& Ditto, 2013; Haidt & Graham, 2007), people have a discrete set of moral intuitions upon which cultures build moral systems, and upon which individuals make moral judgments. According to this view, these intuitive sensitivities to patterns in the social world (e.g., in- stances of cheating or betrayal) act like “moral taste buds” that may become more or less sensitive throughout the lifespan. Current theory suggests that the most important moral foundations are concerns about a) care/harm, B) fairness/cheating, c) group loyalty/betray- al, d) respect/subversion of authority, and e) purity/degradation (Graham et al., 2013).
In addition to work on Moral Foundations Theory, there also exists a substantial amount of research on general (i.e., not necessarily moral) values and personal concerns. One of the most studied sets of values is Shalom Schwartz’ list of 11 theoretically and empirically derived basic human values (self-direction, stimulation, hedonism, achievement, power, se- curity, tradition, conformity, benevolence, and universalism; Schwartz, 1992).
Moral intuitions and values predict political beliefs and behaviors. One of the more important findings of values research is that people’s moral intuitions and values seem to strongly predict their political beliefs, policy stances, and politically-relevant behaviors. While political liberals value care and fairness much more than loyalty, authority, or purity, conservatives value all five foundation-related concerns relatively equally (Graham, Haidt,
& Nosek, 2009). These moral intuitions also appear to predict attitudes about a host of hot-button policy issues (e.g., gay marriage, stem cell research) over and above factors such as political ideology, education, religious attendance, gender, and age (Koleva et al., 2012). Similarly, research demonstrates that people’s values predict their voting behavior—even more so than general personality traits like openness to experience, conscientiousness, ex- traversion, agreeableness, and emotional stability (Caprara, Schwartz, Capanna, & Vecchi- one, 2006). These fi dings suggest that liberals’ and conservatives’ disparate moral intu- itions and values will also play an important role in their beliefs and behaviors concerning economic inequality.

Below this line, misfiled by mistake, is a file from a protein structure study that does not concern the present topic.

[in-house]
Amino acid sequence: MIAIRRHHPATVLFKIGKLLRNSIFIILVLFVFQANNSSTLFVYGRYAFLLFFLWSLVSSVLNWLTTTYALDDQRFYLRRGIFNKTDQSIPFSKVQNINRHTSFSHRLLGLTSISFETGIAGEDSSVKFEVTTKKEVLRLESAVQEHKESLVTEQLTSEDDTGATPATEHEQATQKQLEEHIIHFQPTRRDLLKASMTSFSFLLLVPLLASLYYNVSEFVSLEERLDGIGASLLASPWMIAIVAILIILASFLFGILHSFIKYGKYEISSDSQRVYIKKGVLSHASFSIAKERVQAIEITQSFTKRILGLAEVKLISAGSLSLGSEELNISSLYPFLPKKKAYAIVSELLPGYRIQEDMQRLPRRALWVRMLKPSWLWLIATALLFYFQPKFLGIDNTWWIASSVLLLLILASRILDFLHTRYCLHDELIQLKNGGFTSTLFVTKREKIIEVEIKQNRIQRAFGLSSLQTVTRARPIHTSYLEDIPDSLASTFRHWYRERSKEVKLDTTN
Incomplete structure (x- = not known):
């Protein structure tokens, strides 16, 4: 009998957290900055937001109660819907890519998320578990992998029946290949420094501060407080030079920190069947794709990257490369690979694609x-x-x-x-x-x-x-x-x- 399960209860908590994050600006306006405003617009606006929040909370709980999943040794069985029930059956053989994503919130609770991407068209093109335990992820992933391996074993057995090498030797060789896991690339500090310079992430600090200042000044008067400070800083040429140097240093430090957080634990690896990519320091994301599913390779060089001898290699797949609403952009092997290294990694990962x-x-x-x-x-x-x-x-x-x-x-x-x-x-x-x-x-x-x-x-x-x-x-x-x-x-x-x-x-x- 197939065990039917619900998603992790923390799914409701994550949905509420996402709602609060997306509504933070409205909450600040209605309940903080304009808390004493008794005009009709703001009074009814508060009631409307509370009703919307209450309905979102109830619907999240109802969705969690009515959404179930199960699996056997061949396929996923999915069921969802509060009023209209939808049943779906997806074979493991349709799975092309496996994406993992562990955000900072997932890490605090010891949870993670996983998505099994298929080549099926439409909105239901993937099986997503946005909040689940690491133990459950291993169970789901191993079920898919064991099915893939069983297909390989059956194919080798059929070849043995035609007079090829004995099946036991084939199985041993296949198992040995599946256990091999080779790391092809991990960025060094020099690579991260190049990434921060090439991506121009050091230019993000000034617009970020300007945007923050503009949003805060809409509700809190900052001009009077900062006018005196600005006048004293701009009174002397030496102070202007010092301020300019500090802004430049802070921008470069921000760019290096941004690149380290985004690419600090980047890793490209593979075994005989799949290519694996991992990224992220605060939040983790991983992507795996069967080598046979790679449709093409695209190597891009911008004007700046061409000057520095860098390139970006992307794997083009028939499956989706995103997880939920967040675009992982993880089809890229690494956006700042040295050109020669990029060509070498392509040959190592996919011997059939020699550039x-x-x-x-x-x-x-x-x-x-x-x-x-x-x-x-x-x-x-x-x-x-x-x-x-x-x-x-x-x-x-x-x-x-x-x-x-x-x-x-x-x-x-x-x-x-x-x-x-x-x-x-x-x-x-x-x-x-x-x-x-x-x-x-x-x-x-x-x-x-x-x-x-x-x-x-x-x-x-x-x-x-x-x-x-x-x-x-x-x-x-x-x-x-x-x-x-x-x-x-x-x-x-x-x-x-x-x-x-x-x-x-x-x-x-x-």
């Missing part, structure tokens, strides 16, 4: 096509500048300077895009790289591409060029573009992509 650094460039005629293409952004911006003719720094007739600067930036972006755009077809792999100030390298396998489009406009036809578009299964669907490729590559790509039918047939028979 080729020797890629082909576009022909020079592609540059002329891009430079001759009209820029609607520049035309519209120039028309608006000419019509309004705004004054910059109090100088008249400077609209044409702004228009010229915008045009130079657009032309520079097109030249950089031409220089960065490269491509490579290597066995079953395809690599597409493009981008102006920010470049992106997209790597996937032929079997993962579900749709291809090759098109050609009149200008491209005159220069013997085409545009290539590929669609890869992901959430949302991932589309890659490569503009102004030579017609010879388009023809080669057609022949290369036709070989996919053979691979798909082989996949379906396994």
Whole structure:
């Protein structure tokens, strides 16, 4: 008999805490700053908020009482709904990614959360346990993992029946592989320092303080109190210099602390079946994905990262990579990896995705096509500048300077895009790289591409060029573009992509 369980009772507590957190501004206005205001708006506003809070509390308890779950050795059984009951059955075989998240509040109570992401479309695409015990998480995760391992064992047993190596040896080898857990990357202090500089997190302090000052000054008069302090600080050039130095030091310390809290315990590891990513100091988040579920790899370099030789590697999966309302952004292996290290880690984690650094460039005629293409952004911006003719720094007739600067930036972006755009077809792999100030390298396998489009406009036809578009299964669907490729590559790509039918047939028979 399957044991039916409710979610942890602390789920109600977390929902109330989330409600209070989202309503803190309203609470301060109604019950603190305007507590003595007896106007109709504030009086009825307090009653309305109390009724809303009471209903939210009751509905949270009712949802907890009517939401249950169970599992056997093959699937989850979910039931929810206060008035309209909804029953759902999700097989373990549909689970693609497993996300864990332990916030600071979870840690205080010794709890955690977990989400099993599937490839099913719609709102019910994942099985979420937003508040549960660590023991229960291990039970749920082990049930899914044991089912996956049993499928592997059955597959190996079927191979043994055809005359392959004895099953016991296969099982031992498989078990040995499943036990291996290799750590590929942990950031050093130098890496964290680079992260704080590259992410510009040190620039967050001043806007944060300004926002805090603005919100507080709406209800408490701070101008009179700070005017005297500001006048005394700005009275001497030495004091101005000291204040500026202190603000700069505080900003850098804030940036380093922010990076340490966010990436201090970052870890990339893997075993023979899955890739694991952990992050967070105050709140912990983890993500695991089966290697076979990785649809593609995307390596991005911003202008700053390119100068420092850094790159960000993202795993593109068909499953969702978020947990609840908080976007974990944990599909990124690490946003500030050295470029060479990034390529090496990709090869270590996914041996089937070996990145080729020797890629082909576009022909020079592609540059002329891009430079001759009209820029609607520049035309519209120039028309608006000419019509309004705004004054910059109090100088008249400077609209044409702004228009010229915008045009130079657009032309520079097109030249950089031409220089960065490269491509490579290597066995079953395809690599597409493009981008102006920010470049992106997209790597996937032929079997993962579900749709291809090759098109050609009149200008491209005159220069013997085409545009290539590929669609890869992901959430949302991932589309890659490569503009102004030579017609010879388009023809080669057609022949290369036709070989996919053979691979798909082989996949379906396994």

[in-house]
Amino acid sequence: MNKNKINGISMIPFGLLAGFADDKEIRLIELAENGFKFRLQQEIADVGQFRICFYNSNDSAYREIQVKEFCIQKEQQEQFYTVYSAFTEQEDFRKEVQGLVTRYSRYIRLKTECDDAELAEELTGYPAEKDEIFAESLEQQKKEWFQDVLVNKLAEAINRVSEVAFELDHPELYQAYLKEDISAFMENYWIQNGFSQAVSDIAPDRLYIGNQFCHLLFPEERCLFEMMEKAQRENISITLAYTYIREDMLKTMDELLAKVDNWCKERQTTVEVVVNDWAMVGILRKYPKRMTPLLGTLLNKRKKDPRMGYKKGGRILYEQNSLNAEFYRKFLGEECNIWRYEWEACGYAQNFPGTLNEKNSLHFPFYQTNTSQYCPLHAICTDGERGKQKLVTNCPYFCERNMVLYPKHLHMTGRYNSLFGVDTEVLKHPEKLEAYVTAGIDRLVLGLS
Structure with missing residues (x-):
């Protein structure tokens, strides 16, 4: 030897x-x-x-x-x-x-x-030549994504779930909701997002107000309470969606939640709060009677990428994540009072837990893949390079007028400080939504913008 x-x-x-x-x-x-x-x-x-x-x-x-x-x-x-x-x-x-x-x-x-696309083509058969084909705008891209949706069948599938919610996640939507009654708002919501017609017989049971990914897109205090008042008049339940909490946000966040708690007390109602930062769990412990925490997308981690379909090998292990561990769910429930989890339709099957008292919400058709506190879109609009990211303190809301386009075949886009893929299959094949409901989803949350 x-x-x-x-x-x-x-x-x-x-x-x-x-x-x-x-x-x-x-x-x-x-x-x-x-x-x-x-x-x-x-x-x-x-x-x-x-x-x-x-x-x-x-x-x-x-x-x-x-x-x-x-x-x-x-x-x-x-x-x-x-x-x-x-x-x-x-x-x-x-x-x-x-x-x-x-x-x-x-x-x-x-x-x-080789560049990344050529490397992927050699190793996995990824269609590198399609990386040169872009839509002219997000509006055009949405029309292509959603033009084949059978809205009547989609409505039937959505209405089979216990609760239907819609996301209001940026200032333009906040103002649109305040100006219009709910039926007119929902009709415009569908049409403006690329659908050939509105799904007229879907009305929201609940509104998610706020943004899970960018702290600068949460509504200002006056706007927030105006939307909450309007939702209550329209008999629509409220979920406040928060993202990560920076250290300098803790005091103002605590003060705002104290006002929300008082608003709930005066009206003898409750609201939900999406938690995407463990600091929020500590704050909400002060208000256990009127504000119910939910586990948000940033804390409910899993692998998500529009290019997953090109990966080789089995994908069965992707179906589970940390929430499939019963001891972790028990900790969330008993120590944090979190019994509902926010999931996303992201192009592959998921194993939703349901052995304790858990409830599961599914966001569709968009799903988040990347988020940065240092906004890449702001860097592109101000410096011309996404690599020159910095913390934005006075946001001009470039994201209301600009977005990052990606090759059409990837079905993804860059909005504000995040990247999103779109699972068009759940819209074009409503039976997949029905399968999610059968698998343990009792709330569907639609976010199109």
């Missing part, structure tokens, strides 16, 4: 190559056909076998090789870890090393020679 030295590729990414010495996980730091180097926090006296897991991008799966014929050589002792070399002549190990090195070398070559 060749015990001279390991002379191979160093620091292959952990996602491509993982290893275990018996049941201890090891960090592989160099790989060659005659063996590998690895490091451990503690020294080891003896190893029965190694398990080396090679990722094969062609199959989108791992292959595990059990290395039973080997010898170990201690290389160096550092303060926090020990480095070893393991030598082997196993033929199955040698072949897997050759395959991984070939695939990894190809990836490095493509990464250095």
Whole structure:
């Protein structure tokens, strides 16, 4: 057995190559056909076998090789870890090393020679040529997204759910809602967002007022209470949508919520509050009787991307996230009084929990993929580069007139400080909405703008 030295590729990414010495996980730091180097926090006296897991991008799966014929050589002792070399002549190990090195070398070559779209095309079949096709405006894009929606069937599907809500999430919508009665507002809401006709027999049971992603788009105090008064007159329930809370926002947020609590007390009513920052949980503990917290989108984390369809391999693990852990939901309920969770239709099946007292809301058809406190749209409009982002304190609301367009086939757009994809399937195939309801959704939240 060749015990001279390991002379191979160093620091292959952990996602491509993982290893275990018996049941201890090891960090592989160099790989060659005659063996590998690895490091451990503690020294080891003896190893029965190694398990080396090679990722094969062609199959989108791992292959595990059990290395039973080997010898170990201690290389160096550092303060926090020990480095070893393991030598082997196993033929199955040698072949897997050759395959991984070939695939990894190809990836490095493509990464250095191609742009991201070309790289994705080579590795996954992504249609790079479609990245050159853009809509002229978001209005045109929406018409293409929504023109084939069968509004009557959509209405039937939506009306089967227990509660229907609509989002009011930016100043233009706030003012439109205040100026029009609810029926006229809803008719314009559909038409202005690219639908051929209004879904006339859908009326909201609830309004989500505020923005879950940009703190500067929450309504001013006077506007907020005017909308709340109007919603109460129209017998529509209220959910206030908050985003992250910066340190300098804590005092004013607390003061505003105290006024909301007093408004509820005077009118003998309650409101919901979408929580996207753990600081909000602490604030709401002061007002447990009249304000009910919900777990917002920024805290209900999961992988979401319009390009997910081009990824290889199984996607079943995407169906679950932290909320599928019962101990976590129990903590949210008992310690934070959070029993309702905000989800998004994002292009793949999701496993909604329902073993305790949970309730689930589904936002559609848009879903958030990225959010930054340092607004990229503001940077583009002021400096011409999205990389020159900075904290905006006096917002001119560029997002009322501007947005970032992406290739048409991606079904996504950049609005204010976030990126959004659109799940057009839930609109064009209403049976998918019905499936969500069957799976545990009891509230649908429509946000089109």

Finally, there is reason to believe that a person’s current moral intuitions and values are amenable to change. For instance, theory suggests that regardless of which moral intuitions dominate a person’s moral thought at present, new moral beliefs may emerge throughout the lifespan if they are attached to the moral senses people possess (Rozin, 1999), and re- search suggests that people’s moral intuitions and values change across the lifespan (Dunlop, Walker, & Matsuba, 2013). Recent research also suggests that people’s current moral intu- itions can be leveraged to change their moral beliefs. For instance, liberals’ intuitive moral concern about equality of outcome can be lessened, in order to increase their support for environmental regulations (Feinberg & Willer, 2013);(THEY CAN BE BOUGHT- JUST AS SOME CONSERVATIVES CAN!) in the same way, it is possible that moral concerns that are seemingly unrelated to economic inequality (e.g., disgust, respect for au- thority, and/or loyalty to one’s ingroup) could potentially be activated in order to increase people’s concerns about economic inequality. Th s possibility will be explored below in sec- tion 5; fi st, we detail the distinct psychological processes underlying intuitions of equality and intuitions of equity.
The distinction between Equity and Equality represents a fundamental cleavage in justice motivation. When research concerning intuitive primacy in moral decision making is taken into account, it is no longer surprising that logically sound rational arguments for liberal (e.g. Rawls, 1971) or conservative (e.g. Rand & Braden, 1964) visions of what constitutes a fair distribution of wealth in society have failed in convincing anyone who did not already subscribe to those respective philosophies. However, just as the intuitionist perspective has shown that while there are multiple moral concerns that people have, there are not an in- fi te number (Graham et al., 2013), so too has research specifi ally on justice and fairness shown that while there are many ways to defi e justice, there are a few specifi ways of de- fi g justice that capture most of the variance that we see in the world.